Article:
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`mean_A_B = -1.000000mean_A_B = -0.987688 + -0.000000*e2^e3 + 0.000000*e3^e1mean_A_B = -0.951057 + 0.000000*e2^e3 + -0.000000*e3^e1 + -0.006735*e1^e2mean_A_B = -0.891007 + -0.000000*e2^e3 + -0.000000*e3^e1 + 0.011350*e1^e2mean_A_B = -0.809017 + 0.000000*e2^e3 + -0.000000*e3^e1 + 0.023035*e1^e2mean_A_B = -0.707107 + 0.000000*e2^e3 + -0.000000*e3^e1 + -0.018660*e1^e2mean_A_B = -0.587785 + 0.000000*e2^e3 + 0.000000*e3^e1 + -0.001156*e1^e2mean_A_B = -0.453990 + -0.000000*e2^e3 + 0.000000*e3^e1 + -0.013103*e1^e2mean_A_B = -0.309017 + 0.000000*e2^e3 + 0.000000*e3^e1 + 0.044671*e1^e2mean_A_B = -0.156434 + 0.000000*e2^e3 + 0.000000*e3^e1 + 0.016976*e1^e2mean_A_B = -0.000000 + -0.000000*e2^e3 + -0.000000*e3^e1 + 0.003226*e1^e2mean_A_B = 0.156434 + 0.000000*e2^e3 + -0.000000*e3^e1 + -0.032923*e1^e2mean_A_B = 0.309017 + 0.000000*e2^e3 + 0.000000*e3^e1mean_A_B = 0.453990 + -0.000000*e2^e3 + -0.000000*e3^e1 + -0.004773*e1^e2mean_A_B = 0.587785 + 0.000000*e2^e3 + -0.000000*e3^e1 + 0.017978*e1^e2mean_A_B = 0.707107 + 0.000000*e2^e3 + 0.000001*e3^e1 + 0.027196*e1^e2mean_A_B = 0.809017 + -0.000000*e2^e3 + 0.000000*e3^e1 + 0.010580*e1^e2mean_A_B = 0.891007 + -0.000000*e2^e3 + -0.000000*e3^e1 + -0.008512*e1^e2mean_A_B = 0.951057 + 0.000001*e2^e3 + 0.000000*e3^e1 + 0.008061*e1^e2mean_A_B = 0.987688 + 0.000001*e2^e3 + -0.000000*e3^e1 + -0.003911*e1^e2mean_A_B = 1.000000 + -0.000000*e2^e3 + -0.000000*e3^e1mean_A_B = 0.987688 + -0.000000*e2^e3 + -0.000000*e3^e1 + -0.000391*e1^e2mean_A_B = 0.951057 + -0.000000*e2^e3 + -0.000000*e3^e1 + 0.007319*e1^e2mean_A_B = 0.891007 + -0.000000*e2^e3 + -0.000001*e3^e1 + 0.044138*e1^e2mean_A_B = 0.809017 + -0.000001*e2^e3 + -0.000001*e3^e1 + 0.041491*e1^e2mean_A_B = 0.707107 + -0.000000*e2^e3 + 0.000000*e3^e1 + -0.013258*e1^e2mean_A_B = 0.587785 + 0.000000*e2^e3 + -0.000000*e3^e1 + 0.002697*e1^e2mean_A_B = 0.453990 + -0.000000*e2^e3 + -0.000000*e3^e1 + 0.009546*e1^e2mean_A_B = 0.309017 + -0.000000*e2^e3 + -0.000000*e3^e1 + 0.010974*e1^e2mean_A_B = 0.156434 + 0.000000*e2^e3 + -0.000000*e3^e1 + 0.024692*e1^e2mean_A_B = -0.000000 + 0.000000*e2^e3 + 0.000001*e3^e1 + -0.050000*e1^e2mean_A_B = -0.156434 + -0.000001*e2^e3 + -0.000001*e3^e1 + 0.113584*e1^e2mean_A_B = -0.309017 + -0.000000*e2^e3 + 0.000001*e3^e1 + -0.047553*e1^e2mean_A_B = -0.453990 + -0.000000*e2^e3 + 0.000000*e3^e1 + -0.011138*e1^e2mean_A_B = -0.587785 + 0.000000*e2^e3 + -0.000000*e3^e1 + 0.046230*e1^e2mean_A_B = -0.707107 + -0.000000*e2^e3 + -0.000000*e3^e1 + 0.011785*e1^e2mean_A_B = -0.809017 + 0.000000*e2^e3 + 0.000000*e3^e1 + -0.011756*e1^e2mean_A_B = -0.891007 + -0.000000*e2^e3 + -0.000001*e3^e1 + 0.090798*e1^e2mean_A_B = -0.951057 + 0.000000*e2^e3 + 0.000000*e3^e1 + -0.030902*e1^e2mean_A_B = -0.987688 + -0.000000*e2^e3 + 0.000000*e3^e1 + -0.023465*e1^e2mean_A_B = -1.000000`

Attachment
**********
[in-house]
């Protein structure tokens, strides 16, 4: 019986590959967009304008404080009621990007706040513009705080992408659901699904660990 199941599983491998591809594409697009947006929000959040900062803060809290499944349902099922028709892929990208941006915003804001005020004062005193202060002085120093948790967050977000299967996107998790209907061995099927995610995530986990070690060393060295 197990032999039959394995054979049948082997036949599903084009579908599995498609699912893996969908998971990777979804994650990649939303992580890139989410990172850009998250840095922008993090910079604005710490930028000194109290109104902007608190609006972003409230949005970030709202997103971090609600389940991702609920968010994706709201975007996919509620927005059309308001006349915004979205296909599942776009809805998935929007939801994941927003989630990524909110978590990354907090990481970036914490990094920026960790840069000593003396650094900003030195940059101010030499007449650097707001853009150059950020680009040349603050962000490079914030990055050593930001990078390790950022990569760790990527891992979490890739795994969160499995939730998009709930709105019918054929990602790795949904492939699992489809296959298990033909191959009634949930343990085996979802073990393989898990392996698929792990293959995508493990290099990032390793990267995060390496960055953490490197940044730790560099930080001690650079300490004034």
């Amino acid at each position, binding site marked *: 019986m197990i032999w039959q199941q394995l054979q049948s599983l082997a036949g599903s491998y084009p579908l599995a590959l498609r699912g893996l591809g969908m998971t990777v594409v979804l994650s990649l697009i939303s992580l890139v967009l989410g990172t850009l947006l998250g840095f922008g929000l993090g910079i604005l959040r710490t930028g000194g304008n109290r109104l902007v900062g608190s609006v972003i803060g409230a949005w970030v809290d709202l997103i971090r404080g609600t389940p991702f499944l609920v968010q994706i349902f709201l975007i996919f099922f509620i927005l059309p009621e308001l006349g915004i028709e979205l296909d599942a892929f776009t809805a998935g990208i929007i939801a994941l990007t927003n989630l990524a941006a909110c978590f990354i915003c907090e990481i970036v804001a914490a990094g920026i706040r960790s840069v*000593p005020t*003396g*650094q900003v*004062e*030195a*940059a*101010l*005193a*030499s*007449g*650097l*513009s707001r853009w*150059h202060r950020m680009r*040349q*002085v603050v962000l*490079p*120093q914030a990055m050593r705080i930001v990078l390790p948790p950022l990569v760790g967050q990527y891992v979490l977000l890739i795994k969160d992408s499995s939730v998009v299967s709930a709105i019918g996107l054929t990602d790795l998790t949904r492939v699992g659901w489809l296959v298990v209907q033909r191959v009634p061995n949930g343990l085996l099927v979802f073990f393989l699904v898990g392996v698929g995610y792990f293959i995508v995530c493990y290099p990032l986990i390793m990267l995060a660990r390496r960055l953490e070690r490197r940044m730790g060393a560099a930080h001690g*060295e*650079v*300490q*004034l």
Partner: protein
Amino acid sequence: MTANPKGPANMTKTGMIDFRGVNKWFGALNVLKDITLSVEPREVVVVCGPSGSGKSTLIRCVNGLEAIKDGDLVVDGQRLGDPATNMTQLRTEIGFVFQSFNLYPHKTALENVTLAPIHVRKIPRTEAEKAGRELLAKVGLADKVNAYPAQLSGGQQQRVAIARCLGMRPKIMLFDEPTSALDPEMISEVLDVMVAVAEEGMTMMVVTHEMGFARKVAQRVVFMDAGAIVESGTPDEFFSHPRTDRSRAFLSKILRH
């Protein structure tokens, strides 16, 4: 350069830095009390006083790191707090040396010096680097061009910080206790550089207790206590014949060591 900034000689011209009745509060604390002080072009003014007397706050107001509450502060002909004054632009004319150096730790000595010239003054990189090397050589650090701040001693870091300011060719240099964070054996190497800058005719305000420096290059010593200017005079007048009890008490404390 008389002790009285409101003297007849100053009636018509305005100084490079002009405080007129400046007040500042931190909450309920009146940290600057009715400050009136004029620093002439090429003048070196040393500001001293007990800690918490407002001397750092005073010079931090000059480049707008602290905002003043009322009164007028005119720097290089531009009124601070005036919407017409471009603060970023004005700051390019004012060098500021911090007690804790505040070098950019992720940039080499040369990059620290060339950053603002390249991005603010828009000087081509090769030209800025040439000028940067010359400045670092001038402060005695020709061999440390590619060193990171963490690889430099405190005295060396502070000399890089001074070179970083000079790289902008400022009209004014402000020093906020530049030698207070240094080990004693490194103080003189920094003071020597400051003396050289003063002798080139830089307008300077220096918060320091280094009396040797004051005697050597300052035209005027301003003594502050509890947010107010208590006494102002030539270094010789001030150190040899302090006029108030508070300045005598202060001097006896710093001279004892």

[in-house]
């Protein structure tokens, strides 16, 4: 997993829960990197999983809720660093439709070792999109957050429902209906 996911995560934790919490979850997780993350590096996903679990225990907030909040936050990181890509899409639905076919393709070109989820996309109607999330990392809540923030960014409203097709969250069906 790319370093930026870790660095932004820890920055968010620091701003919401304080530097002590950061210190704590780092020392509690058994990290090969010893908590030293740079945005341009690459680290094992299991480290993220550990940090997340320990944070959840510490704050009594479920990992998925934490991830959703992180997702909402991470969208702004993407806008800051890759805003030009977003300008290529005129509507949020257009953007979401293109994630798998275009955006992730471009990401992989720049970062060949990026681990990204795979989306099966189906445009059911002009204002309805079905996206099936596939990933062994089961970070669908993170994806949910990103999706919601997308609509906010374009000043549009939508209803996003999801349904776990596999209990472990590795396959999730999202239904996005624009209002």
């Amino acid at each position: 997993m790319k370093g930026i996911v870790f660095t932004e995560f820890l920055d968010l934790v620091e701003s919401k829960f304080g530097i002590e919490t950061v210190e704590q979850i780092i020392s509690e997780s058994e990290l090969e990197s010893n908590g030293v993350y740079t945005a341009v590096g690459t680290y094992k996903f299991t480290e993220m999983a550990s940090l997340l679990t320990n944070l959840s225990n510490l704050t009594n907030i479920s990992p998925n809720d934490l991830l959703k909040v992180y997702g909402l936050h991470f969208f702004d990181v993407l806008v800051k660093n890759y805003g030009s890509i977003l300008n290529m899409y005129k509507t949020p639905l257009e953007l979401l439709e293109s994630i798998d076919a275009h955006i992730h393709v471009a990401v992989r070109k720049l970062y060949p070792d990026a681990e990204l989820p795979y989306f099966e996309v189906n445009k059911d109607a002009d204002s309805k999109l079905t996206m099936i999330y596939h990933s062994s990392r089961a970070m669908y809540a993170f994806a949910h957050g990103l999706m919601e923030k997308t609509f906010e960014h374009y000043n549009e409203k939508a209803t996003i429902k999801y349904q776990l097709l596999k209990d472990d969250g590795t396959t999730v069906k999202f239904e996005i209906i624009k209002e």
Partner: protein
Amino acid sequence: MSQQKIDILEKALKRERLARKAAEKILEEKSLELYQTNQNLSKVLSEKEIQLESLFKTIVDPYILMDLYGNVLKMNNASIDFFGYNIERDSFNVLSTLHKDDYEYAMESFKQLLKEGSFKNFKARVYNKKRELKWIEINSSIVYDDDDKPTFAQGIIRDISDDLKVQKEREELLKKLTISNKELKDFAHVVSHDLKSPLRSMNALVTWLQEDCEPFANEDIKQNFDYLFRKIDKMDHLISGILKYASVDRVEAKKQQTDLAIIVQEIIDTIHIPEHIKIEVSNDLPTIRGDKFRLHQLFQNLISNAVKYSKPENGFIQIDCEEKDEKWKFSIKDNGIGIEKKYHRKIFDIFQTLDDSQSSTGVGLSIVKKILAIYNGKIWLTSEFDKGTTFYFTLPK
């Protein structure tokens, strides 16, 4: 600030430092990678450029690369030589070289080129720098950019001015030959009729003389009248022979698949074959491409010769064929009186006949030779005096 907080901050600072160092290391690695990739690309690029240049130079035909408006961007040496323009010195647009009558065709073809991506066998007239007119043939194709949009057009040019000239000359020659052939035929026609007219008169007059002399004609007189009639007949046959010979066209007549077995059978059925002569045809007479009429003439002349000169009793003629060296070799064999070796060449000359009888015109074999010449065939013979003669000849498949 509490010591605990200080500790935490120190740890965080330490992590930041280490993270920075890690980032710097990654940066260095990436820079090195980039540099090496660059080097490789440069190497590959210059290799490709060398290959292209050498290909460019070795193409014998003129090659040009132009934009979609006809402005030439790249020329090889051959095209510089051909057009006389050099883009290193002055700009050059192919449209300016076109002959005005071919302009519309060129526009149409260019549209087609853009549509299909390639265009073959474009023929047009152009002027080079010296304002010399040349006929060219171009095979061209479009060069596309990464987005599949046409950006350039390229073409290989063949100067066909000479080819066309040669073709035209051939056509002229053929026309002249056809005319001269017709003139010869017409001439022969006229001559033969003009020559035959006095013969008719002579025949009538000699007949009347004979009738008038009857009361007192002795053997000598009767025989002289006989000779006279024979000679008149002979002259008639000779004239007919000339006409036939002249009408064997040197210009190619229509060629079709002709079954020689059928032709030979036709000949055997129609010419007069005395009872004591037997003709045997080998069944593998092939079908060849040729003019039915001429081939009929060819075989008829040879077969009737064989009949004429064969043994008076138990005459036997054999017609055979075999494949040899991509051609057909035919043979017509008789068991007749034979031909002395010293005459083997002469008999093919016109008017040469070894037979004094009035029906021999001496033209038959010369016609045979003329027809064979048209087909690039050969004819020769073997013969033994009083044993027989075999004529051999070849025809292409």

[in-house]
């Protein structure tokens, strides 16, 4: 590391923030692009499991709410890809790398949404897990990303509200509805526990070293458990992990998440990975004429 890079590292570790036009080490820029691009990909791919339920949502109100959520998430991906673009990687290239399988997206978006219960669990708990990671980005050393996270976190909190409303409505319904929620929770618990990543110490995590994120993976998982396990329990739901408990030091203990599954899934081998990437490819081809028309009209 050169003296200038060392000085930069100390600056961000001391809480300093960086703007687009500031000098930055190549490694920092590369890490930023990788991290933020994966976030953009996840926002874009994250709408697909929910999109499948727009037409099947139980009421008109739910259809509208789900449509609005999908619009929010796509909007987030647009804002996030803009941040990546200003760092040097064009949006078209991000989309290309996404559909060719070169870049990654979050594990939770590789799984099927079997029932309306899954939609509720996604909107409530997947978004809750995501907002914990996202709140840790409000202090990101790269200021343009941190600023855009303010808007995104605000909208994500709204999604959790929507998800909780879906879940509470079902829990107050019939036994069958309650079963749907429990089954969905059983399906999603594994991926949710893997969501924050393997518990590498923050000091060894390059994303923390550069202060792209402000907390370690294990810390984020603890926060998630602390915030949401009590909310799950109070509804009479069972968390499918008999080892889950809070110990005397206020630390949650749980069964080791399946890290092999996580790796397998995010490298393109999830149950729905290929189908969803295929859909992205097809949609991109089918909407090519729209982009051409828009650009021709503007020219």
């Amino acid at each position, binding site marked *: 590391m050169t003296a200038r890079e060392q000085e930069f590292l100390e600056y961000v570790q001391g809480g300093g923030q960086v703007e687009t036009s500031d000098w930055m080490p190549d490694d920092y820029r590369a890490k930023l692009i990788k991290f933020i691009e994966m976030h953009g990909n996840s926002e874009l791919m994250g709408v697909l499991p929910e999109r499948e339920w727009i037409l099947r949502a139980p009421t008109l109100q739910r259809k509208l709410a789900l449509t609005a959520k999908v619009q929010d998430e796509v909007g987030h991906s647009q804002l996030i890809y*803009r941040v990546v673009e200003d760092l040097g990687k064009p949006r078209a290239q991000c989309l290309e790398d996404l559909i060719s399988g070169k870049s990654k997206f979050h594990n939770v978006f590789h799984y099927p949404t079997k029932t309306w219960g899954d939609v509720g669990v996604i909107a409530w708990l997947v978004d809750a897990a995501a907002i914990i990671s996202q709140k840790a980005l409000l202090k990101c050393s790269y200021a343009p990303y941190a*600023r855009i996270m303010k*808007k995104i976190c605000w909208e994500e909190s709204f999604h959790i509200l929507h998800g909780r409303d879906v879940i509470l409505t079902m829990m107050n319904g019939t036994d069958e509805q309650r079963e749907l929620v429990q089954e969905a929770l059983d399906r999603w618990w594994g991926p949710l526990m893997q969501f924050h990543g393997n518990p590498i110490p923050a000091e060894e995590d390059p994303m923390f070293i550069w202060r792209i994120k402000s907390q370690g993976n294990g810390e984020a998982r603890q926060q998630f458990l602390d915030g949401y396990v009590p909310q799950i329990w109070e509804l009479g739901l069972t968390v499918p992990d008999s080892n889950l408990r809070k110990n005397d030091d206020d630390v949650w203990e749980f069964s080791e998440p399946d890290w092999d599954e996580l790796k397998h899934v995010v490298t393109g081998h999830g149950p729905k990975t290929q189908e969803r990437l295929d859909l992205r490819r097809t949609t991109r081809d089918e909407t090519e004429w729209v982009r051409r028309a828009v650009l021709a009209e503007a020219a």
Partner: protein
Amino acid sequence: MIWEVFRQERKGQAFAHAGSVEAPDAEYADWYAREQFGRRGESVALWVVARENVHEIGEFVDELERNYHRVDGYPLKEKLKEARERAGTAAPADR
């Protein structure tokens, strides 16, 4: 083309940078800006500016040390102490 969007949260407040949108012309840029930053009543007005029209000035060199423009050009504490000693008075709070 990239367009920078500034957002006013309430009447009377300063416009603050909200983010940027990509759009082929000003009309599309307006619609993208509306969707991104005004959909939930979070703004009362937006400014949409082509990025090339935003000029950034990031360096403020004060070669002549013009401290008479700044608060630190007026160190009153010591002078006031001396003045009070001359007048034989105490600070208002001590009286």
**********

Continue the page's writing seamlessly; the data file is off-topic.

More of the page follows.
### Re: New EPRB simulation using GAViewer

ajw wrote:But in the GAviewer code above the N is only the number of iterations in the most inner loop, and can be chosen any convenient value.

Yes, and I tried N = 100 and N = 1000. It really didn't make much difference for the scalar results; the bivector "residue" just goes to more vanishing with higher N. But this simulation is a great demonstration that Joy's model does indeed predict that E(a, b) = -a.b.

### Re: New EPRB simulation using GAViewer

Well, in many programming languages arrays are zero based. So when an array has N elements, and you want to iterate over the elements, you use
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`for(nn=0;nn<N;nn=nn+1){     Arr[nn]=....}`

and the index nn goes from 0 to N-1 to handle al the individual elements of an array.

But in the GAviewer code above the N is only the number of iterations in the most inner loop, and can be chosen any convenient value.
It has nothing to do with the iterations over the different angles for A and B in the 2 outer loops (360 degrees is divided in 40 parts in this code, so you get 41 angles if you want to include both 0 and 360 degrees in the events).

### Re: New EPRB simulation using GAViewer

Mikko wrote:
FrediFizzx wrote:
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`...     N=40;...     s=0;...     s=0;     a=0;...     a=0;...     for(oo=0;oo<41;oo=oo+1) //iteration over aa...`

Why is N given the value 40 but s and a are given 41 values and the loop is repeated 41 times?

You may find the explanation here: http://challengingbell.blogspot.co.uk/2 ... ng-of.html. See the formula for the "res." It sums from 0 to N-1. In probability theory one usually sums N+1 terms, from 0 to N, for a sample mean. But in simulations, according to Albert Jan, it is more convenient to sum over N terms, from 0 to N-1.

### Re: New EPRB simulation using GAViewer

FrediFizzx wrote:
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`...     N=40;...     s=0;...     s=0;     a=0;...     a=0;...     for(oo=0;oo<41;oo=oo+1) //iteration over aa...`

Why is N given the value 40 but s and a are given 41 values and the loop is repeated 41 times?

### Re: New EPRB simulation using GAViewer

Joy Christian wrote:Hi Fred, Thanks for the new plot. It may be worthwhile to post the revised (or extended) code here (and also at Albert Jan's blog) ?

You're welcome. There is not much difference from the last code I posted but here it is.